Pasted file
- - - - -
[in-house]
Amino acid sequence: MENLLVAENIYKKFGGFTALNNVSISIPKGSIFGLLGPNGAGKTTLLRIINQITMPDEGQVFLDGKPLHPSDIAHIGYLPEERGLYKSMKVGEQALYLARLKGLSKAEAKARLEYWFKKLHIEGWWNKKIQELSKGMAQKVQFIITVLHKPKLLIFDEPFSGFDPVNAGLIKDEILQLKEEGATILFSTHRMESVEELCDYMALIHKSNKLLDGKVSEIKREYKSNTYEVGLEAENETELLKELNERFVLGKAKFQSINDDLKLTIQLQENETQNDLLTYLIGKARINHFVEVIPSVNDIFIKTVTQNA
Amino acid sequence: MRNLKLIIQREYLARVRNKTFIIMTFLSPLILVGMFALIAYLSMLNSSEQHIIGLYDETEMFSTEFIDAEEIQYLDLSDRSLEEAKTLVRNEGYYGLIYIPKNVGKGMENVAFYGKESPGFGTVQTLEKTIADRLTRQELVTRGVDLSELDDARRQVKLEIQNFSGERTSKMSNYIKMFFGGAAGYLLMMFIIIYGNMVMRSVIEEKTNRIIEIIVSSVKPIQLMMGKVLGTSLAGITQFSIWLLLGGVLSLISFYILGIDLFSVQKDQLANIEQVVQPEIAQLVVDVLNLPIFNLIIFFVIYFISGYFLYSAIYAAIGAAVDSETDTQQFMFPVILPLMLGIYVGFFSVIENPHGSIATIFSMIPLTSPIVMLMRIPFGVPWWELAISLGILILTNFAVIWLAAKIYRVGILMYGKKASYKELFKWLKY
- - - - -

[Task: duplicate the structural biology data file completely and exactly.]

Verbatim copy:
[in-house]
Amino acid sequence: MENLLVAENIYKKFGGFTALNNVSISIPKGSIFGLLGPNGAGKTTLLRIINQITMPDEGQVFLDGKPLHPSDIAHIGYLPEERGLYKSMKVGEQALYLARLKGLSKAEAKARLEYWFKKLHIEGWWNKKIQELSKGMAQKVQFIITVLHKPKLLIFDEPFSGFDPVNAGLIKDEILQLKEEGATILFSTHRMESVEELCDYMALIHKSNKLLDGKVSEIKREYKSNTYEVGLEAENETELLKELNERFVLGKAKFQSINDDLKLTIQLQENETQNDLLTYLIGKARINHFVEVIPSVNDIFIKTVTQNA
Amino acid sequence: MRNLKLIIQREYLARVRNKTFIIMTFLSPLILVGMFALIAYLSMLNSSEQHIIGLYDETEMFSTEFIDAEEIQYLDLSDRSLEEAKTLVRNEGYYGLIYIPKNVGKGMENVAFYGKESPGFGTVQTLEKTIADRLTRQELVTRGVDLSELDDARRQVKLEIQNFSGERTSKMSNYIKMFFGGAAGYLLMMFIIIYGNMVMRSVIEEKTNRIIEIIVSSVKPIQLMMGKVLGTSLAGITQFSIWLLLGGVLSLISFYILGIDLFSVQKDQLANIEQVVQPEIAQLVVDVLNLPIFNLIIFFVIYFISGYFLYSAIYAAIGAAVDSETDTQQFMFPVILPLMLGIYVGFFSVIENPHGSIATIFSMIPLTSPIVMLMRIPFGVPWWELAISLGILILTNFAVIWLAAKIYRVGILMYGKKASYKELFKWLKY